Service User Voice: No support in testing time

I moved in with my partner nearly four years ago. It was a big step for us that we didn’t take lightly, not because we both have a disability, but because of the barriers to support (the medical model) we knew we could face.

We decided that I would move into Pete’s flat as it met his physical needs and he had family and friends locally.

From Service User Voice dated 6 DecemberWhen I moved in I rang social services to get in place the support that I had had before. They told me that I couldn’t have any support because I had to prove that I had a learning disability. They said this meant that I would have to go for an IQ test. I tried to go for the test but it wasn’t very friendly, there were no pictures on the walls – in the waiting room the only thing they had up was a sign saying please can you put your fag ends out as the people here eat them. Upstairs was even worse. The walls and doors were all white, with nothing hanging on them. The room we went into was just white it really did upset me and so I said I couldn’t go through with it.

After I moved in I found I needed to do a lot more things for Peter than I had thought. A friend described me as a carer. No one had thought of me as a carer before. We asked to be assessed and I was given vouchers to spend at a local agency, instead of the direct payment I had asked for. This worked quite well, although the only agency in the area that accepted the vouchers had staff wearing uniforms, something that support staff working with people with learning disabilities had stopped doing years earlier, and they often did things for Peter rather than with him or support him to do them himself.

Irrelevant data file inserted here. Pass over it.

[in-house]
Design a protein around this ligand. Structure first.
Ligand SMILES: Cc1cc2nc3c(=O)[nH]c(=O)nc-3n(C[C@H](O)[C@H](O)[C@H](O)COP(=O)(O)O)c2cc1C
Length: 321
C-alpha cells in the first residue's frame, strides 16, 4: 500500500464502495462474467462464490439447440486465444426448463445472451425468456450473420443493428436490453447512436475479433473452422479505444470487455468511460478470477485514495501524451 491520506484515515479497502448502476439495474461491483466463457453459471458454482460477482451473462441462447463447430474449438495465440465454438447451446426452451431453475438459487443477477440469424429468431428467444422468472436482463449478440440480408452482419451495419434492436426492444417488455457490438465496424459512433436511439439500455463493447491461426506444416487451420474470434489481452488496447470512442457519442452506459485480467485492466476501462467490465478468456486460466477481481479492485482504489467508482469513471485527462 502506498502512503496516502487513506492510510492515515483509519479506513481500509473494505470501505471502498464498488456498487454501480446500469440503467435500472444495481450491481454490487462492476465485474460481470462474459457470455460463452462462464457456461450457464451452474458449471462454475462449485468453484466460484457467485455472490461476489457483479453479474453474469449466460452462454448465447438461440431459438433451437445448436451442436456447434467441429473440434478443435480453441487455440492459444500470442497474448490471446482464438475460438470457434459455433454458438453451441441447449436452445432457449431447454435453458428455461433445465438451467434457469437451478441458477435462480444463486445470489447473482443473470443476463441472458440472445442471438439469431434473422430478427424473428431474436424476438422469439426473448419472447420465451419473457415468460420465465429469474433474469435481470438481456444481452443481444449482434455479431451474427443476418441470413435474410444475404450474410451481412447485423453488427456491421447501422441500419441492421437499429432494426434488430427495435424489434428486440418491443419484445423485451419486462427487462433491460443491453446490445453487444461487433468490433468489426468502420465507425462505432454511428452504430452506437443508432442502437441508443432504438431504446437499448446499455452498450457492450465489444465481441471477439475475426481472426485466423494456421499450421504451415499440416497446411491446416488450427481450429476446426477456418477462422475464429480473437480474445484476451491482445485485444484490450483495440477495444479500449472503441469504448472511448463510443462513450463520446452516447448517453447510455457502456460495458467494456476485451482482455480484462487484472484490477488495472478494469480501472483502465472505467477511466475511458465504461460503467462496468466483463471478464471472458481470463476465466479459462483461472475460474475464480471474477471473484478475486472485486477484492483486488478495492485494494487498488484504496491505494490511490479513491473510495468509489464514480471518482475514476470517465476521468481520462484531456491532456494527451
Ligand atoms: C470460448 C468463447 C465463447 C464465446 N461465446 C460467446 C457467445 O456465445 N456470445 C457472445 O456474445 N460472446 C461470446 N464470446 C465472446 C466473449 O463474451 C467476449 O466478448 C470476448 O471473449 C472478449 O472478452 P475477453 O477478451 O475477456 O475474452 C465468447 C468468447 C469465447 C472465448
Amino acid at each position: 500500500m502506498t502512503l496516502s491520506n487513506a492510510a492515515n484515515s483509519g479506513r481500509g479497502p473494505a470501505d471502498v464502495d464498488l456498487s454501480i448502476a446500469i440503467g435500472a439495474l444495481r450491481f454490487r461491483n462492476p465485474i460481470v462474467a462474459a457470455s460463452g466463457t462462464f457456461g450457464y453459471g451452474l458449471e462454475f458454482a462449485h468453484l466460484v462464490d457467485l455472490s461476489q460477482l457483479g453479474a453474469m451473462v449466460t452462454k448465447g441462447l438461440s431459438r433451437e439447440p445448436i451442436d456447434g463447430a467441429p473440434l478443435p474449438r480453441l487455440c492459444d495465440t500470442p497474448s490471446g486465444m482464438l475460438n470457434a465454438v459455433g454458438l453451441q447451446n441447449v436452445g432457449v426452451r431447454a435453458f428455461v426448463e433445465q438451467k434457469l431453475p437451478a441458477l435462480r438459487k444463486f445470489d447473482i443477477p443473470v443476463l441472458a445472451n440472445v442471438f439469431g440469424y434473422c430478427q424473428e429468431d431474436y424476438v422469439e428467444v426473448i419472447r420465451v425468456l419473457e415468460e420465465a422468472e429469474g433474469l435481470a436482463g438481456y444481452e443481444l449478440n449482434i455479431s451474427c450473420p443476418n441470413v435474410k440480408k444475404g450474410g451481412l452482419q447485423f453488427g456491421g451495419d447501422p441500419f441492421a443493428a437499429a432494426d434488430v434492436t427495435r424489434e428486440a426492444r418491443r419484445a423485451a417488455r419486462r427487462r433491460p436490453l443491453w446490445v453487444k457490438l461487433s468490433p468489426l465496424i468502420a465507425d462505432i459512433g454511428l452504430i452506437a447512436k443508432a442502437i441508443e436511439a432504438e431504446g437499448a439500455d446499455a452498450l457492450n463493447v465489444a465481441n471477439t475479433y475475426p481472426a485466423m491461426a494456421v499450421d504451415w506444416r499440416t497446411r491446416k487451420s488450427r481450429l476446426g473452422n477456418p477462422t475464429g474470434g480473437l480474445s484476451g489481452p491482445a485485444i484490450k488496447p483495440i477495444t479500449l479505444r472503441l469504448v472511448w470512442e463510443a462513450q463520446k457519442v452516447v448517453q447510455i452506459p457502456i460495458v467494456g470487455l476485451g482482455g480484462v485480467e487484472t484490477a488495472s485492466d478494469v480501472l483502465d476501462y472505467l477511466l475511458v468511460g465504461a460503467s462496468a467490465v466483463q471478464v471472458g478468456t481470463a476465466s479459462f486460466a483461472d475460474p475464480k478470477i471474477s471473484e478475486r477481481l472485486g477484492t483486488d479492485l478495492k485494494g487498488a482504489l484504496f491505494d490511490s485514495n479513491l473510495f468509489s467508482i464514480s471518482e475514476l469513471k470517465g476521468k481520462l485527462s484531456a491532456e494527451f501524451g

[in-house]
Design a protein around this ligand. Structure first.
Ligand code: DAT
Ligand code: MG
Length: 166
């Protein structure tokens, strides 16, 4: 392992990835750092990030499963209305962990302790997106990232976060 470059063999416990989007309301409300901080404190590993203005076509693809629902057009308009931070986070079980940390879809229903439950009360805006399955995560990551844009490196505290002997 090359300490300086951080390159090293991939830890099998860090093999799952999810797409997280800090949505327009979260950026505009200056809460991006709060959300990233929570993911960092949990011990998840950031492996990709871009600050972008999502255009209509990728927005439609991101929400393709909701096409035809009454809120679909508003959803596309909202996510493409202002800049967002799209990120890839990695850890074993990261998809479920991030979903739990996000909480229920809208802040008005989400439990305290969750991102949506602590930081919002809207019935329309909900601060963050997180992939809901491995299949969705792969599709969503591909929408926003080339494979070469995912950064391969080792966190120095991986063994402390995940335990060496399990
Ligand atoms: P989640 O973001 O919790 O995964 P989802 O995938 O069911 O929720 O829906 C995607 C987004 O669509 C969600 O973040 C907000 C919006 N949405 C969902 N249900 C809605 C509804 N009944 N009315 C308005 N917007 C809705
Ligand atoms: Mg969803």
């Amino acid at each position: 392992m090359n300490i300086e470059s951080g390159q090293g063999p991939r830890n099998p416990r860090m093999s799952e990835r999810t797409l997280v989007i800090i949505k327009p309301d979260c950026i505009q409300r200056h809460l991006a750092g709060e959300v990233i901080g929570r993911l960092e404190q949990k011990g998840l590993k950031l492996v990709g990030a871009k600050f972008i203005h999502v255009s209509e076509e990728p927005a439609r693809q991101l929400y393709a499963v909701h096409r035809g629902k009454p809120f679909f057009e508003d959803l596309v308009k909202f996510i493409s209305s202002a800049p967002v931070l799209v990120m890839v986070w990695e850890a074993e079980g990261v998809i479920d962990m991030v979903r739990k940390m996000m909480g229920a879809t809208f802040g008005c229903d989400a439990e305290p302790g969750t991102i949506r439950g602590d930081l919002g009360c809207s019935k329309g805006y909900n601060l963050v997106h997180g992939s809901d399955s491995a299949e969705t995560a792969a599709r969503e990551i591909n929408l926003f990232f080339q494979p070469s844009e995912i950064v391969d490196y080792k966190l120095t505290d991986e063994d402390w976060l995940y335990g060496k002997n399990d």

I wanted to plan for more support when I had an ­operation that would put me out of action for a time. But nothing was put in place and we had to rely on Peter’s family. I might need another operation soon, but I’m putting it off because of the lack of support for us. I am still not getting any support for myself as a person with a learning disability.Seems like services are being cut back everywhere.

Because of the difficulties we saw carers with learning disabilities facing we decided to set up the Who Cares for Us? project. 

Eve Rank has a learning disability and is a carer and campaigner

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